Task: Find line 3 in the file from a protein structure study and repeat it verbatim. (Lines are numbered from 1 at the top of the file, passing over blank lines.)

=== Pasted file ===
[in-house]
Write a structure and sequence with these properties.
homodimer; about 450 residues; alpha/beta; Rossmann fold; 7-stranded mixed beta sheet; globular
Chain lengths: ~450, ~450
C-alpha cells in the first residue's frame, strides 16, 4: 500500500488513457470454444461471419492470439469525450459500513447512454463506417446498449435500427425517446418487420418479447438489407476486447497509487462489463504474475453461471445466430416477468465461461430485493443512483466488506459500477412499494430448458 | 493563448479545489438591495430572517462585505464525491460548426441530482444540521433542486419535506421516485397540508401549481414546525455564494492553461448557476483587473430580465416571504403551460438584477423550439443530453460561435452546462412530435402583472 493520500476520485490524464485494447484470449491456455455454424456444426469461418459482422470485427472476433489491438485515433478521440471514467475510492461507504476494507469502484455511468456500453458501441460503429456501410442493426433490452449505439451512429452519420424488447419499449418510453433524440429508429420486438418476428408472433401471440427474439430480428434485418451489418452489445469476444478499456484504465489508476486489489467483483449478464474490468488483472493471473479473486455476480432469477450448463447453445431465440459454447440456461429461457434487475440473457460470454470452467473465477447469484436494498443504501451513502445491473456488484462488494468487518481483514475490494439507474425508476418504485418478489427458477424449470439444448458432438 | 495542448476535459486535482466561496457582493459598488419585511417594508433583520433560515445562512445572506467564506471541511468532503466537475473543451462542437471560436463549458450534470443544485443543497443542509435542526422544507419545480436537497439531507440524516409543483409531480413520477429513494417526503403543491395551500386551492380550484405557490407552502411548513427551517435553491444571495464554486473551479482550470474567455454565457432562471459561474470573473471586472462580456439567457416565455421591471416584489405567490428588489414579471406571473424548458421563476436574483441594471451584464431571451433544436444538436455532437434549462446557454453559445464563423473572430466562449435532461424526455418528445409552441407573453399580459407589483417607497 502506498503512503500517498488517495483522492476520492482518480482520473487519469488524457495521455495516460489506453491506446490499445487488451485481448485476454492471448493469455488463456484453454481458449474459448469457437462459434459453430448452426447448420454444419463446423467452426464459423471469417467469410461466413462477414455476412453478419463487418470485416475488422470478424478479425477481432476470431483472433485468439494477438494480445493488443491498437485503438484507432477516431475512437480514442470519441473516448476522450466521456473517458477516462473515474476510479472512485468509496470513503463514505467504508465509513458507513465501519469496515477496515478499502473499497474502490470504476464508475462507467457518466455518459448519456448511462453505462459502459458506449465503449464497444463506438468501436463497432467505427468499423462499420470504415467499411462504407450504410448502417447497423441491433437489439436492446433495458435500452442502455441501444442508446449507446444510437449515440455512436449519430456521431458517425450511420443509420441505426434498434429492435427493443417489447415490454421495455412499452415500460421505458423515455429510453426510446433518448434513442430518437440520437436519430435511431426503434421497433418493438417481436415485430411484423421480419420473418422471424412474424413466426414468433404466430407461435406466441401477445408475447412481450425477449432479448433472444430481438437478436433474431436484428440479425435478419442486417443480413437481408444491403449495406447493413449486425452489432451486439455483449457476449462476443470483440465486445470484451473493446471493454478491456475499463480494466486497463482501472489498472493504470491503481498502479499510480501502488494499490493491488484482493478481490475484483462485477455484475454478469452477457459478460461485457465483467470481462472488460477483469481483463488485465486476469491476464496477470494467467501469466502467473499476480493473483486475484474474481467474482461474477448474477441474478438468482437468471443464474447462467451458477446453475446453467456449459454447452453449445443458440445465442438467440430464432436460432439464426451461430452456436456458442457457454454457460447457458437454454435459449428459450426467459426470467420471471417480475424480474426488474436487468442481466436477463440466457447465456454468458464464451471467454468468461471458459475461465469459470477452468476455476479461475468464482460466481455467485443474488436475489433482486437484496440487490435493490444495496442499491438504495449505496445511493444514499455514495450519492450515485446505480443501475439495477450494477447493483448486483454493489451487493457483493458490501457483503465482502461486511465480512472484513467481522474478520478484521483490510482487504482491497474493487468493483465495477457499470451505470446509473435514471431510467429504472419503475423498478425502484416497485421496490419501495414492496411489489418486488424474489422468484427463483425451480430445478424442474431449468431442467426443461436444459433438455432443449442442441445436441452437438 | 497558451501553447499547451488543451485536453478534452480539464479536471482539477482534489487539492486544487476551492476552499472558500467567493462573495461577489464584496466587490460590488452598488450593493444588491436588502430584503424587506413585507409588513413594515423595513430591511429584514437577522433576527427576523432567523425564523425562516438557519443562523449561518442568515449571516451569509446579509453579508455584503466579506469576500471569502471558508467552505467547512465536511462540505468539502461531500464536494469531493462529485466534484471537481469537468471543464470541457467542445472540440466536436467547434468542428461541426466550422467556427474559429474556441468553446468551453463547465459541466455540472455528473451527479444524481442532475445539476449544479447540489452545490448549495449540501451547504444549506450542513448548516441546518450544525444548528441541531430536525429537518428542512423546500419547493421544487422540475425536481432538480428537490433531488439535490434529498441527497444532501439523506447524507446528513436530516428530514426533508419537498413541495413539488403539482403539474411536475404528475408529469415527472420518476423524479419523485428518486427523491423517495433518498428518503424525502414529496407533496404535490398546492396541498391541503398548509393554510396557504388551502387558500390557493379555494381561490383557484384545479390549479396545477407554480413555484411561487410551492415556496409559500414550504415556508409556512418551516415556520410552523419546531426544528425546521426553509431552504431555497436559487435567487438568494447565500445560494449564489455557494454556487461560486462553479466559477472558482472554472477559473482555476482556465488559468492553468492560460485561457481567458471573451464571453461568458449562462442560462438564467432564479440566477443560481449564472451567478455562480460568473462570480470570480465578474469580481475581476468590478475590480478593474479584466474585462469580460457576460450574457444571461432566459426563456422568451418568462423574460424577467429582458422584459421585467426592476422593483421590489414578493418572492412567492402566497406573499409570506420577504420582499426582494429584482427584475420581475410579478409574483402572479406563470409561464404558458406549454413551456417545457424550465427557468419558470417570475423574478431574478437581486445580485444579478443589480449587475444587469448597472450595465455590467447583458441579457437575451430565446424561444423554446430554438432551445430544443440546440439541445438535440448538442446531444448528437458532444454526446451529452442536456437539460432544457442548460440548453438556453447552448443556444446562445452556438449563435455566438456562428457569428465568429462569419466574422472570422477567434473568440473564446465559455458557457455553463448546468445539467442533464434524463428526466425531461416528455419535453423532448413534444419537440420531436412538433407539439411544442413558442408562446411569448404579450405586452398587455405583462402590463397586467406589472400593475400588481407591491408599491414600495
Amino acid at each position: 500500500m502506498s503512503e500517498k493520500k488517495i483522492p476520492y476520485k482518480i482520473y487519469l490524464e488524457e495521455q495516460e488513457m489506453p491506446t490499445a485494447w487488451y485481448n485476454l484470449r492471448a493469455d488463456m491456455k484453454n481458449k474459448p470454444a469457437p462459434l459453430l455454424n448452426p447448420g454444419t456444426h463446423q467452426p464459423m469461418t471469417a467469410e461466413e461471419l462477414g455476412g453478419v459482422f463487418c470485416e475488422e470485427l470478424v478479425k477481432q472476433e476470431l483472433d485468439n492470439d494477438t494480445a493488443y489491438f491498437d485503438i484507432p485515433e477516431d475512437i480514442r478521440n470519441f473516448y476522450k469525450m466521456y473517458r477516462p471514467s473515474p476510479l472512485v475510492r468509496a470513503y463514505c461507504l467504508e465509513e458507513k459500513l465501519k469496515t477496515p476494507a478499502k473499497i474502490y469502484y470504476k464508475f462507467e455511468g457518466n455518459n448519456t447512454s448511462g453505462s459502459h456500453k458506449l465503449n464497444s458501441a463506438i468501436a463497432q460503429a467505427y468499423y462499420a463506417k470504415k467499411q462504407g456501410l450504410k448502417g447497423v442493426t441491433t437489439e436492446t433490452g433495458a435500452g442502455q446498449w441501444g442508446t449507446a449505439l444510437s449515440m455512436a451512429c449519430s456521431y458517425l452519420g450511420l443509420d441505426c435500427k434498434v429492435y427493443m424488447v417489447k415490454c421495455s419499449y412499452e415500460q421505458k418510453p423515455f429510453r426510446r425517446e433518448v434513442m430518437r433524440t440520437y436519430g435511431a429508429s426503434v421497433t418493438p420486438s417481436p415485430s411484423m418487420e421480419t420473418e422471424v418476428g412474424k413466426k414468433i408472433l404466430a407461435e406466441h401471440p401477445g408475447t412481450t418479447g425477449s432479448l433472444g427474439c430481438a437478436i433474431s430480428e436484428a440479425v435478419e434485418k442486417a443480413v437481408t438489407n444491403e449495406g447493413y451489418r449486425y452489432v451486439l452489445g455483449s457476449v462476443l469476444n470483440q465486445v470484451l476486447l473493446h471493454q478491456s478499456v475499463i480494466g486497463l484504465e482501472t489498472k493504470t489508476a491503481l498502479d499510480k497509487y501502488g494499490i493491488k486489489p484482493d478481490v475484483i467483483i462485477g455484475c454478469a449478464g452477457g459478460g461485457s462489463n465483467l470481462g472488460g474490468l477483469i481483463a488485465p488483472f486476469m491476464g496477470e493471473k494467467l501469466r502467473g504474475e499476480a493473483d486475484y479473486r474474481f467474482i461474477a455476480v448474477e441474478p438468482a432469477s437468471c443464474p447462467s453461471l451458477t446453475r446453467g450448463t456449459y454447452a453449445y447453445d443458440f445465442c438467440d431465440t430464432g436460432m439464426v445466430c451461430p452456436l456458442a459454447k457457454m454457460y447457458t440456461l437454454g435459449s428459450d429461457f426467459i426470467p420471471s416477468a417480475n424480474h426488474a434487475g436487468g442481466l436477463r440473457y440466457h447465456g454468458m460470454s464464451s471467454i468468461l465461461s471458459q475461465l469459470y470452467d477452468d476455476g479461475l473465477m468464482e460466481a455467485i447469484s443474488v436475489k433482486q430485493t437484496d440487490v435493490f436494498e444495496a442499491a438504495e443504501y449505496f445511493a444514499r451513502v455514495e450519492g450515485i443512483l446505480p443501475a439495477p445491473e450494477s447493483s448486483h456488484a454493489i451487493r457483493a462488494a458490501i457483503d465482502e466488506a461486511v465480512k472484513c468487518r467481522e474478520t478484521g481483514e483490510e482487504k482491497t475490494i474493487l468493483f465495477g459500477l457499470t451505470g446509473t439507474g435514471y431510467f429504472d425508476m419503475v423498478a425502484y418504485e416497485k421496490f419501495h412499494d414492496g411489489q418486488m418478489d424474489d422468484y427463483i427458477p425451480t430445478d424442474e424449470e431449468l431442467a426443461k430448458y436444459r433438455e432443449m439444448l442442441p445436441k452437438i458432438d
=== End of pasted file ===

homodimer; about 450 residues; alpha/beta; Rossmann fold; 7-stranded mixed beta sheet; globular